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Building a Program and Effective Platform for Health and Learning Games Research: A Decade in the Making

NOVEMBER 6, 2020

Lynn E. Fiellin, MD
Professor of Medicine and the Yale Child Study Center
Founding Director, play2PREVENT Lab at the Yale Center for Health & Learning Games
Yale University School of Medicine

Chief, Fitkin Firm
Yale-New Haven Hospital

About the Presentation: This presentation will provide an in-depth discussion of the over a decade’s worth of work by the play2PREVENT (p2P) Lab at the Yale Center for Health & Learning Games, where they work as a collaborative multi-disciplinary team to develop, evaluate, and implement videogame interventions that target a number of relevant health outcomes in adolescents. Using the constructs of social and emotional learning and character development, and with abundant input from their adolescent target audience, the p2P Lab uses the concept of “Playful Functionality” to engage teens while impacting their health and well-being.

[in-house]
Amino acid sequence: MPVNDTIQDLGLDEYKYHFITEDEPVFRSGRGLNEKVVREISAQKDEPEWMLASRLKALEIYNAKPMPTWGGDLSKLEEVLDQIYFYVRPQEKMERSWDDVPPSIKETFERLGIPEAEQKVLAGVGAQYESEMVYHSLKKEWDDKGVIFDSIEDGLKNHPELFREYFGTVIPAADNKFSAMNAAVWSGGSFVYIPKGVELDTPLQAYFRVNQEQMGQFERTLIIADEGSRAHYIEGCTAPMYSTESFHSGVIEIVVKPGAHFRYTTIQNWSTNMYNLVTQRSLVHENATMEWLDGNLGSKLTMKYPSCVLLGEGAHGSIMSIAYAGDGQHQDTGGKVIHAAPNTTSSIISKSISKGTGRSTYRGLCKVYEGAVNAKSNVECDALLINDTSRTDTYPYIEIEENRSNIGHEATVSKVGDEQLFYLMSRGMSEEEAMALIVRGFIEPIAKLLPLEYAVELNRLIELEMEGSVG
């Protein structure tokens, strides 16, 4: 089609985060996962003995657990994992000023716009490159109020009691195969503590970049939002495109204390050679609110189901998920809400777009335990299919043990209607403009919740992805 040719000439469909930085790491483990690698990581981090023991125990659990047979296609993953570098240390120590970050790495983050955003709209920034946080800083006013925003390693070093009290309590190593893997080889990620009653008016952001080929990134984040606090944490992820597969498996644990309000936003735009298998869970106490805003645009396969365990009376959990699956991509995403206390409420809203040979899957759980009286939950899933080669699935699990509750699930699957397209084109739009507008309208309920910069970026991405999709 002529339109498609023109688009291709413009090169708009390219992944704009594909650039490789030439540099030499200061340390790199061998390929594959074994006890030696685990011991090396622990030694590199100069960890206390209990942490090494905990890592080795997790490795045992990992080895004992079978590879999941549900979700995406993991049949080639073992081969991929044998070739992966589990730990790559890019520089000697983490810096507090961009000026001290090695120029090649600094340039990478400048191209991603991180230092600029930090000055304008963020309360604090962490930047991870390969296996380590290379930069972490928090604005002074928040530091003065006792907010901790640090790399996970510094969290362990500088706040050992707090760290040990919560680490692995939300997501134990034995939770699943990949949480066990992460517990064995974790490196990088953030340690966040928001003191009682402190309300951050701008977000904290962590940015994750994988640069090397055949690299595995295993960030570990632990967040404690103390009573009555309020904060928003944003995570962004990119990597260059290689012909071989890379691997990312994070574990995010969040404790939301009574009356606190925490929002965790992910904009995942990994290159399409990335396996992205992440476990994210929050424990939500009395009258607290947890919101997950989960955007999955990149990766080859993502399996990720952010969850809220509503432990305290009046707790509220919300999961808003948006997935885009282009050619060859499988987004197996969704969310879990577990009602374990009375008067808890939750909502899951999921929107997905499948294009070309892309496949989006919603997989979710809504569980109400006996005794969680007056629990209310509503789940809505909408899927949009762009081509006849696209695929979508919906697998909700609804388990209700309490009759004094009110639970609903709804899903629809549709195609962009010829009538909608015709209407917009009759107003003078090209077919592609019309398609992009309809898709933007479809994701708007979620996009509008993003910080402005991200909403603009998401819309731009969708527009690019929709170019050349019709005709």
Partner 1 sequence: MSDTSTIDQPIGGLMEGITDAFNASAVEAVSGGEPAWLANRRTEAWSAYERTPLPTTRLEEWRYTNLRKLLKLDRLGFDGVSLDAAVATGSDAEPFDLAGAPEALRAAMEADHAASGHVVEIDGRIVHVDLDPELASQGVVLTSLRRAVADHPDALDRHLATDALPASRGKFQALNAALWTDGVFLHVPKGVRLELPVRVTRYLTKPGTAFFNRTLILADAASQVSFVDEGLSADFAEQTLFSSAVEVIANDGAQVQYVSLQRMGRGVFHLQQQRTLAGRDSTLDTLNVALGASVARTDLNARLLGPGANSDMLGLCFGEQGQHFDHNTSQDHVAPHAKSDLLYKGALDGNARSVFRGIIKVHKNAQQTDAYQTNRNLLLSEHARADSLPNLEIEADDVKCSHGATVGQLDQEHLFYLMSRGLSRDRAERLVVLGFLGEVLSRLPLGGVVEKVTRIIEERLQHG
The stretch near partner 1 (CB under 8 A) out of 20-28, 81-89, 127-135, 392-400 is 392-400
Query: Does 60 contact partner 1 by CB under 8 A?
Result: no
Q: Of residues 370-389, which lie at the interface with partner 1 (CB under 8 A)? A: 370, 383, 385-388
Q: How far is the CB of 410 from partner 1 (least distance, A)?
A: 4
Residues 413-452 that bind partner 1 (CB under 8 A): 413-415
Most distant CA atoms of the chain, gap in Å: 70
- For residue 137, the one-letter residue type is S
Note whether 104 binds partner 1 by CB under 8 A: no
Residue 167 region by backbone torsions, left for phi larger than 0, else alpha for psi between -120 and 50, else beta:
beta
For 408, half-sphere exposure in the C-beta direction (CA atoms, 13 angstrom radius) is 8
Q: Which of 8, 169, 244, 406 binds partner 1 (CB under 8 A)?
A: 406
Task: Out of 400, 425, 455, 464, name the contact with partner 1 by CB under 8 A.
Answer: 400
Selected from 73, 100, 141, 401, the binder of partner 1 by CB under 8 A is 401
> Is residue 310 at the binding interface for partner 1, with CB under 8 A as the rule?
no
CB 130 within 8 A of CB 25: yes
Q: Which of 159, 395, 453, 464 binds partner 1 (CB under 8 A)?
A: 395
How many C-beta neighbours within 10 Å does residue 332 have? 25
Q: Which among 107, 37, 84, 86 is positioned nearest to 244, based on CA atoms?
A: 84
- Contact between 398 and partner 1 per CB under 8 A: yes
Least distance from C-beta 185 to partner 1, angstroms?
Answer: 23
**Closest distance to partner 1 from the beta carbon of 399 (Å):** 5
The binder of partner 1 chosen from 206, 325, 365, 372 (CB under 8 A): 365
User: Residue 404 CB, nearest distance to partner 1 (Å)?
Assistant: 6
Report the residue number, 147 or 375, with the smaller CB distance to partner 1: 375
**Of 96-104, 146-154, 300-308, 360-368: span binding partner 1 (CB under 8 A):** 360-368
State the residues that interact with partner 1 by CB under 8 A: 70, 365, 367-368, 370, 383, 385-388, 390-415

About the Presenter: Lynn E. Fiellin, MD is a Professor of Medicine in the Section of General Internal Medicine at the Yale University School of Medicine and the Yale Child Study Center. Her research is focused in the area of HIV and substance abuse prevention and treatment. She has received funding from the Robert Wood Johnson Foundation, the Health Resources and Services Administration, NIDA, and NIAAA for her work. With the award of a five-year R01 in 2009 from the Eunice Kennedy Shriver National Institute of Child Health and Human Development, she changed her focus to developing and testing technology-based interventions for the purpose of improving outcomes in adolescents. In 2009, she founded the play2PREVENT Lab at Yale and subsequently founded and now directs the Lab and the Yale Center for Health & Learning Games. Her Lab/Center focuses on the development and evaluation of videogame interventions targeting a range of outcomes including HIV prevention, promotion of HIV/STI testing, and substance use prevention including tobacco, electronic cigarettes, vaping, and marijuana. Most recently, she was awarded a NIDA HEAL (Helping to End Addiction Long-term) UG3/UH3 grant proposing to develop, evaluate and implement a videogame intervention for opioid misuse prevention in adolescents. She and her team also forge successful collaborations and partnerships between scientists, educators, videogame designers/developers, community-based organizations and others with the goal to develop innovative targeted interventions and educational materials for risk reduction and prevention in youth and young adults.